“I never used my heart condition as an excuse to get out of things like physical education class growing up,” he says. “I love being active whenever possible, and encouraging my friends and colleagues in their physical fitness goals as well.”

His commitment to fitness goals does not go unnoticed by his security teammates.

“The obstacle courses Daniel competes in require your body to be pushed to a whole new level,” says Steven Barreda, security services supervisor at CHOC. “Daniel and I work evenings, and on more than one occasion, we’ve worked overtime until 2:00 a.m. and even after a 12 -hour shift, he goes to the gym to train for his next race.”

For Daniel’s surgeons, seeing a former patient grow up to live a normal, healthy life is a joy. Being able to call him a colleague is even better.

“Daniel is fortunate to have a surgically curable condition that when treated properly and timely should allow him a completely healthy and long life, and it’s great that he leads such an athletic lifestyle,” Dr. Gates says. “We have a few patients and parents of patients who work at CHOC. It’s always great and inspiring to hear stories of how they are doing and getting along.”

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By the Numbers: CHOC Children’s Heart Institute

The CHOC Children’s Heart Institute offers state-of-the-art diagnosis and treatment for an entire spectrum of cardiac conditions, and we are the only Orange County facility to perform neonatal and pediatric open-heart surgery and cardiac catheterization.

In honor of American Heart Month, learn more about the institute.

heart institute

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Why One Mom Is Thankful for CHOC This Year

By Karen Stapleton, CHOC parent and mom of Noah

Happy Thanksgiving! My name is Karen Stapleton, and my son Noah is a patient at CHOC Children’s. As I prepare to celebrate the holidays with my family, I’m grateful we can be together since we have so much to celebrate. I’m also grateful for Noah’s many doctors and nurses at CHOC because without them, my son wouldn’t be alive.

Noah’s birth story

When I was 29 weeks pregnant with Noah, we learned that he had Down syndrome. Another prenatal ultrasound showed an abnormality in his heart, and we were referred to Dr. Pierangelo Renella, a pediatric cardiologist at CHOC, who diagnosed Noah with tetralogy of fallot, a serious heart defect that causes poor oxygenated blood flow from the heart to the rest of the body. I was scared, but having been a CHOC patient myself as a child, I knew my son would be in good hands.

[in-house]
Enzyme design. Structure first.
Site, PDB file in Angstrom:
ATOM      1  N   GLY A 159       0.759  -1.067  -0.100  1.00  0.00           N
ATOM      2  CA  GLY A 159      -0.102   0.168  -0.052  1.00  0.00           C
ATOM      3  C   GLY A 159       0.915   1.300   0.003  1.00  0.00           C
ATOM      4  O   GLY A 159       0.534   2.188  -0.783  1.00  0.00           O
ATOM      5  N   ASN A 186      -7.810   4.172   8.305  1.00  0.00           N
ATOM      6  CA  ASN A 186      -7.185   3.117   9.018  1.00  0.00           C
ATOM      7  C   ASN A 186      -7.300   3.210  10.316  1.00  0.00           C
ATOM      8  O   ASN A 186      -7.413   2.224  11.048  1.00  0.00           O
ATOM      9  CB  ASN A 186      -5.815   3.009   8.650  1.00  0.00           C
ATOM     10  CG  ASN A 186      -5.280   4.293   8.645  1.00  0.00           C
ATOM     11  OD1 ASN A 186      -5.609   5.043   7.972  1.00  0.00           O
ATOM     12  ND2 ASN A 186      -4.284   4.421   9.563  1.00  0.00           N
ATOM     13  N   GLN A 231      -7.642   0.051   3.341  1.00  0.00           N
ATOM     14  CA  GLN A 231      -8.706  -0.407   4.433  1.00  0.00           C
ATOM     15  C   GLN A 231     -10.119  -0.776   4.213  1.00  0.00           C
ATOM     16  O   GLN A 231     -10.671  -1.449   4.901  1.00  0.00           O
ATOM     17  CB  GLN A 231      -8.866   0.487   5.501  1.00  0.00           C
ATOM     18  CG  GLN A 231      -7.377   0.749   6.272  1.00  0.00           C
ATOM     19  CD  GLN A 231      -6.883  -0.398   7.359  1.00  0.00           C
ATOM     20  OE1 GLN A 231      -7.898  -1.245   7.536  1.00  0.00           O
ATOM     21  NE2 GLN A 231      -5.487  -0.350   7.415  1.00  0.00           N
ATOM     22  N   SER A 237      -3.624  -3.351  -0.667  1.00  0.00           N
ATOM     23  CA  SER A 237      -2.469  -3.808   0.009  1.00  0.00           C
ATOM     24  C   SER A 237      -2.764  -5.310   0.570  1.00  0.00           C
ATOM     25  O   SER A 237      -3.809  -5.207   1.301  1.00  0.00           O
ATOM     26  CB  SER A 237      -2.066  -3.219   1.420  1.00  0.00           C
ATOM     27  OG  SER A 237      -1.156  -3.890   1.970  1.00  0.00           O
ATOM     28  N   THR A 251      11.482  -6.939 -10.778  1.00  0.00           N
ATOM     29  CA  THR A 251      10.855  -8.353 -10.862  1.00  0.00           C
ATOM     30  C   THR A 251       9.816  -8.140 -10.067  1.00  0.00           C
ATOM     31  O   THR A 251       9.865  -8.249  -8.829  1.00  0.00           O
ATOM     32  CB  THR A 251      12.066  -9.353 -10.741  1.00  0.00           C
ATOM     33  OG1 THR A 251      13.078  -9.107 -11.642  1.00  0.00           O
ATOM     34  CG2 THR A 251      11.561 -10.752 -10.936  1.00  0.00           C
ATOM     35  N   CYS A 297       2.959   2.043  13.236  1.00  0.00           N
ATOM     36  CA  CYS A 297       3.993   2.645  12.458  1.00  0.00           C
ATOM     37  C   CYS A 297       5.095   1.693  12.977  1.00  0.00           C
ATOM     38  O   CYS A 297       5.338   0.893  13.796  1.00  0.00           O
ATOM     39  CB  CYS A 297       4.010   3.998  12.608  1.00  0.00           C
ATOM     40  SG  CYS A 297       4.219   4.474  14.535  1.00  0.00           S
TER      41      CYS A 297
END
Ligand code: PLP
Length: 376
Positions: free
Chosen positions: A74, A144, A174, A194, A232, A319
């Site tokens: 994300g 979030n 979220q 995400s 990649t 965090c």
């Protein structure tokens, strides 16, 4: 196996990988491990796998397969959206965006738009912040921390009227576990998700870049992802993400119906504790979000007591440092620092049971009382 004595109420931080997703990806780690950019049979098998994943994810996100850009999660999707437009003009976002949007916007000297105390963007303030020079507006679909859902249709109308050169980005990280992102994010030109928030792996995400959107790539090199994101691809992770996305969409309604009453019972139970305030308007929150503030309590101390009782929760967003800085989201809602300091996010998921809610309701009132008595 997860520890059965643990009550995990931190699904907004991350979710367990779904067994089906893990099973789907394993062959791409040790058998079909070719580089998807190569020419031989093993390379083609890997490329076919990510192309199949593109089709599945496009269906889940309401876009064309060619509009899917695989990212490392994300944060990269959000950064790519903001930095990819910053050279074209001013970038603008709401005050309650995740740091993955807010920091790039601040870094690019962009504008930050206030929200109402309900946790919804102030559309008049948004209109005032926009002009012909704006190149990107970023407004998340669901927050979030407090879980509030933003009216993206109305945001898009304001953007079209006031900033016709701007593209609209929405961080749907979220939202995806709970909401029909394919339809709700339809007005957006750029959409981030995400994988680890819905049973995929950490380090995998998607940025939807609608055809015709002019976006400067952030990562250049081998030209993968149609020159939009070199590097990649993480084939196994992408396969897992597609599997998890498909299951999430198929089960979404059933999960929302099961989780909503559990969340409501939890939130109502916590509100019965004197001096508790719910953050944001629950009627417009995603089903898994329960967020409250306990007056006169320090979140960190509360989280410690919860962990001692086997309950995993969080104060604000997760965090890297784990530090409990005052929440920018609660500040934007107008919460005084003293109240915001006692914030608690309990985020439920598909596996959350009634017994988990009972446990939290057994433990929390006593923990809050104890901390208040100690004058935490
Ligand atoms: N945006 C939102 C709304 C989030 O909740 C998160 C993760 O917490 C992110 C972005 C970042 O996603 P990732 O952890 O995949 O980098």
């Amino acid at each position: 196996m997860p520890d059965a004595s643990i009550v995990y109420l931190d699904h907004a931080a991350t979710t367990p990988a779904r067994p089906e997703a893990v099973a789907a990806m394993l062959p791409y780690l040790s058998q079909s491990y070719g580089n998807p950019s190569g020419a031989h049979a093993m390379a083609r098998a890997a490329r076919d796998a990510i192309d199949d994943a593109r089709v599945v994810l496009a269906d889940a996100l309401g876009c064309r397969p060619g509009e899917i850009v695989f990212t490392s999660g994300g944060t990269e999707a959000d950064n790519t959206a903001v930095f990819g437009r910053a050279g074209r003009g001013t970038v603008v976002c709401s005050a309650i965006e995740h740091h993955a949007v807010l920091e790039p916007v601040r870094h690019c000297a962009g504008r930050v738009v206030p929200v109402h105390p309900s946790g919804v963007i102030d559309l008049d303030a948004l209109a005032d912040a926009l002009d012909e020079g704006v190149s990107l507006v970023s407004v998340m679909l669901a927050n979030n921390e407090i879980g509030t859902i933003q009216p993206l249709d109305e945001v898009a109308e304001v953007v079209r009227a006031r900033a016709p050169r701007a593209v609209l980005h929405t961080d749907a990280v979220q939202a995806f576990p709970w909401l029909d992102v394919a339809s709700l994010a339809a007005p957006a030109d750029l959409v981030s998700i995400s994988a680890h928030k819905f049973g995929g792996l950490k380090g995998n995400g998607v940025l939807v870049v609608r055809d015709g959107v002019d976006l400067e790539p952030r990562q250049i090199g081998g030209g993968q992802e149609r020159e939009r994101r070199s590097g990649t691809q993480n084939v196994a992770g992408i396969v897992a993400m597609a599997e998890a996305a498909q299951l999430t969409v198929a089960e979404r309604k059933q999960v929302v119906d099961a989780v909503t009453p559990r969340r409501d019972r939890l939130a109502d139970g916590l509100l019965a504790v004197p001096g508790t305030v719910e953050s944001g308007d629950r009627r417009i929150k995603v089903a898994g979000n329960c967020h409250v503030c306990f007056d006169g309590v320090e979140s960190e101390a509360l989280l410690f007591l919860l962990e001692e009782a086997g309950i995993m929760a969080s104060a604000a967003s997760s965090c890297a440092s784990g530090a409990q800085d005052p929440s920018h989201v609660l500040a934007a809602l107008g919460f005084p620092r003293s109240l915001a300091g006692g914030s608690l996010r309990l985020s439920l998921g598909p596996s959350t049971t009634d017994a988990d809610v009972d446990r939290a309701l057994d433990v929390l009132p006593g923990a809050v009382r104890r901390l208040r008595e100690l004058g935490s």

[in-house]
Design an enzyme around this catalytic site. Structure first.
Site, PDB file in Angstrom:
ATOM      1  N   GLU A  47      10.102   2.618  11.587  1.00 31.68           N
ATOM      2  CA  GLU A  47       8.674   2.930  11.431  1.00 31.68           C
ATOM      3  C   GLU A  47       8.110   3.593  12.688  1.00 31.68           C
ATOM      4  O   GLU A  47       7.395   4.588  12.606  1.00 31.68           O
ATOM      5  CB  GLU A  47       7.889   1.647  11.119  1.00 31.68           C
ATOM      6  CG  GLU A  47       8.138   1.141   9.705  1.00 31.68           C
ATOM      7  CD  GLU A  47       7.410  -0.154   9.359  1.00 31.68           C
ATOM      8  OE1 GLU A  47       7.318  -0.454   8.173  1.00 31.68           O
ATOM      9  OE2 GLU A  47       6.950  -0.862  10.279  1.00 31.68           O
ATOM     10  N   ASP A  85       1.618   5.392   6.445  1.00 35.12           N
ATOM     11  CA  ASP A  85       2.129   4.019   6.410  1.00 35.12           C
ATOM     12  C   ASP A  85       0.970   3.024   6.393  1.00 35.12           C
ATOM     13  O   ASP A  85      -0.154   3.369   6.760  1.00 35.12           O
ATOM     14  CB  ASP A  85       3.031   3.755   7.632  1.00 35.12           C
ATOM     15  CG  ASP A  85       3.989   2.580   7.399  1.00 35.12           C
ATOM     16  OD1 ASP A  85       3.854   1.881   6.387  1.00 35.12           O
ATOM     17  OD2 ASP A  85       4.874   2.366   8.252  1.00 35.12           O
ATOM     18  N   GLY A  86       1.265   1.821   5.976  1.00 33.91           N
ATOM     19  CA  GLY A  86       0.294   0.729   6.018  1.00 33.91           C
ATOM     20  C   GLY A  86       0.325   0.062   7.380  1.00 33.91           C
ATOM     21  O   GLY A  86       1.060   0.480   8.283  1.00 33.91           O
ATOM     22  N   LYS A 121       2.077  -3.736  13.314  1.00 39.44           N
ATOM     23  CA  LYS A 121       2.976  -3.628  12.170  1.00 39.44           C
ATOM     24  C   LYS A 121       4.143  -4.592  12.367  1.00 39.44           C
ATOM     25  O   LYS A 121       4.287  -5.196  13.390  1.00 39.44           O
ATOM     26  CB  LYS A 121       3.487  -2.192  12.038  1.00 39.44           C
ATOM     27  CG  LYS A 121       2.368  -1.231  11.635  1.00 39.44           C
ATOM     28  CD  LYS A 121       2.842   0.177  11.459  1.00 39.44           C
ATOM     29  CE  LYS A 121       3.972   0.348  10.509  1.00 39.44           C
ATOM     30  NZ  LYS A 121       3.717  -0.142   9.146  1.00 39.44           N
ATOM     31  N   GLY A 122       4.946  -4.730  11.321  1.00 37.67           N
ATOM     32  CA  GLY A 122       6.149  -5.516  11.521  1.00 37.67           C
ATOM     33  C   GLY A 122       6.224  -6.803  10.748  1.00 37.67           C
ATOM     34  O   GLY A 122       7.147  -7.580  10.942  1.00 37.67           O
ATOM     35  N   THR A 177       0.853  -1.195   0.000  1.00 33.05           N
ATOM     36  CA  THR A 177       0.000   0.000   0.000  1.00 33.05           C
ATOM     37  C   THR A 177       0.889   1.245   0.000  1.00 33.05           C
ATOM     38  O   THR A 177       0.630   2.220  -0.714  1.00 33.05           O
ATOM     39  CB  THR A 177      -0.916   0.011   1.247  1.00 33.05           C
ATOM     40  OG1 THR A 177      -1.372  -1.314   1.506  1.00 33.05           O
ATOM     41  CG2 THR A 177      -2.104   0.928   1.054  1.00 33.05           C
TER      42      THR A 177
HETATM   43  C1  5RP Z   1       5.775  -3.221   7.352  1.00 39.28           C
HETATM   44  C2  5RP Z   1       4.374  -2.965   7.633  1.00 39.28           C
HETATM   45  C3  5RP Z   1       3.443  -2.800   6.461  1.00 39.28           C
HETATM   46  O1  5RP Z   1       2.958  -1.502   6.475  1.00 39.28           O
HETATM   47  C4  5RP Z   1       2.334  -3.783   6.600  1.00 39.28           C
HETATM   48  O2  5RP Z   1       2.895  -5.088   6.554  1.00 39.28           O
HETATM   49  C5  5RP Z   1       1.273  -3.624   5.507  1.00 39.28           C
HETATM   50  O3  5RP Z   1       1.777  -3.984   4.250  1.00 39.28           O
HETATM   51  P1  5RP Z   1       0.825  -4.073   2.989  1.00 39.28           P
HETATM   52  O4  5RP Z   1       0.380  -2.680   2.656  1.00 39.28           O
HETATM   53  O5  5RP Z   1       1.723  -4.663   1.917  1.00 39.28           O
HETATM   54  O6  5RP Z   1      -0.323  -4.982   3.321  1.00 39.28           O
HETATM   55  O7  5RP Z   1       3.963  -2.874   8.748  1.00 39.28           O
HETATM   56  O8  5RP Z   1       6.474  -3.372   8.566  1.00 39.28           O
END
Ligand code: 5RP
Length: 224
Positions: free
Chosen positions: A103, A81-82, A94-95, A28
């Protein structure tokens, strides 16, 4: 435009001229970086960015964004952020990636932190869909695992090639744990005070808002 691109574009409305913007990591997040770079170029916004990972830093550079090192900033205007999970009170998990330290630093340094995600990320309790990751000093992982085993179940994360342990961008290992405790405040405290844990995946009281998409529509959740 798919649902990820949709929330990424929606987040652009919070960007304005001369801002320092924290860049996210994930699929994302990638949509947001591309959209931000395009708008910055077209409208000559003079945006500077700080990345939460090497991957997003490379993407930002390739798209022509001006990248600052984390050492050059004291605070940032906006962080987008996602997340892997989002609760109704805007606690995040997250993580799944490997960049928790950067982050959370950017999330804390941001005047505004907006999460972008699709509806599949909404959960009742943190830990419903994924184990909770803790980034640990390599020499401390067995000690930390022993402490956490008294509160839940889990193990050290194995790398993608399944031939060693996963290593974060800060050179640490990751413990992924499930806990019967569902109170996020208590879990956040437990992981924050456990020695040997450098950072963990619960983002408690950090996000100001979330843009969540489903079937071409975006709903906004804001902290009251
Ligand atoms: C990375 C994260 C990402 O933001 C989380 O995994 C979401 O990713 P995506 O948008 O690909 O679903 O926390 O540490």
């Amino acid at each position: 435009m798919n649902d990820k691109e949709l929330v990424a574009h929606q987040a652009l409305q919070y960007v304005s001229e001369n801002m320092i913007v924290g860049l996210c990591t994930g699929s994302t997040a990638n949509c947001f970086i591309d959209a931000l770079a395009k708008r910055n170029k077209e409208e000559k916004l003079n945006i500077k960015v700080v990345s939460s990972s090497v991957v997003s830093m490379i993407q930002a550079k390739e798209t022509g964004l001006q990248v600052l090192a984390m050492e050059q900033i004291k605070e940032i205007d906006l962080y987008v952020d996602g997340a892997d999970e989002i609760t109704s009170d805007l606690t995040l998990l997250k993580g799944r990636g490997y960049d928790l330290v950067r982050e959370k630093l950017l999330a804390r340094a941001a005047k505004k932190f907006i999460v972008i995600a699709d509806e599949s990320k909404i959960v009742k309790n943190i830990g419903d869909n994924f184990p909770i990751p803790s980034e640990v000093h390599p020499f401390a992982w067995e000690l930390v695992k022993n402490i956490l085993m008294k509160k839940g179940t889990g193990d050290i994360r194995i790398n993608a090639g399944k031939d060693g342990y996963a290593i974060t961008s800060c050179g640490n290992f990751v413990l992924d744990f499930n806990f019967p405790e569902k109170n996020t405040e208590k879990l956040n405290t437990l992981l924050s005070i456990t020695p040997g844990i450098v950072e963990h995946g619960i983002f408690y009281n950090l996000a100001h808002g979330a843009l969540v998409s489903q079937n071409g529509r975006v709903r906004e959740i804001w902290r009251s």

Karen and Noah in the NICU, shortly after Noah was born
Karen and Noah in the NICU, shortly after Noah was born

On July 27 of last year our lives changed forever— Noah was born! I chose to deliver at St. Joseph Hospital in Orange so that my son could be as close to CHOC as possible. When he was born, there were so many doctors and nurses around. I saw Noah quickly enough to give him a kiss before he was whisked away to the Neonatal Intensive Care Unit (NICU) at CHOC.

Shortly after birth, Noah’s care team also diagnosed him with Apert syndrome, a genetic disorder that causes certain bones to fuse early. For Noah, that was his skull, fingers and toes.

 

A series of surgeries begins at 3 days old

Noah’s first surgery happened just three days after he was born. Due to the complexity of Noah’s conditions, the surgery was a team effort from multiple CHOC specialties. Noah’s gastroenterologist Dr. Jeffrey Ho; his team of cardiologists Dr. Renella, Dr. Michael Recto, Dr. Anthony McCanta, and Dr. Gira Morchi; his pulmonologist Dr. Amy Harrison; his otolaryngologist Dr. Felizardo Camilon; and the entire NICU team came together to prepare him and get him through that surgery.

It was a success, and 31 days after he was born, Noah finally came home! Weekly trips back to CHOC’s clinics included visits to gastroenterology, pulmonary, cardiology and craniofacial specialists. It was another team effort to prepare Noah for a second open heart surgery that he would eventually need.

gates-and-noah
Noah and his cardiothoracic surgeon, Dr. Richard Gates

But a few weeks later, Noah had respiratory complications, which lead to an emergency open heart surgery at just 2 ½ months old. Thanks to Noah’s cardiothoracic surgeon, Dr. Richard Gates, and Noah’s fighting spirit, he was able to come home shortly after surgery.

Celebrating Christmas at CHOC

Just days before Christmas last year, Noah had to be admitted to CHOC for respiratory failure. It was scary to see my baby sedated for 19 days. Dr. Juliette Hunt, a critical care specialist, recommended that Noah undergo a tracheostomy, where a small opening is made in his windpipe and a tube is inserted to help him breathe. Making a decision like that is hard and scary for a mom, but I had complete trust in Noah’s team, and if they knew it would help Noah breathe easier, then I knew it was the right thing to do.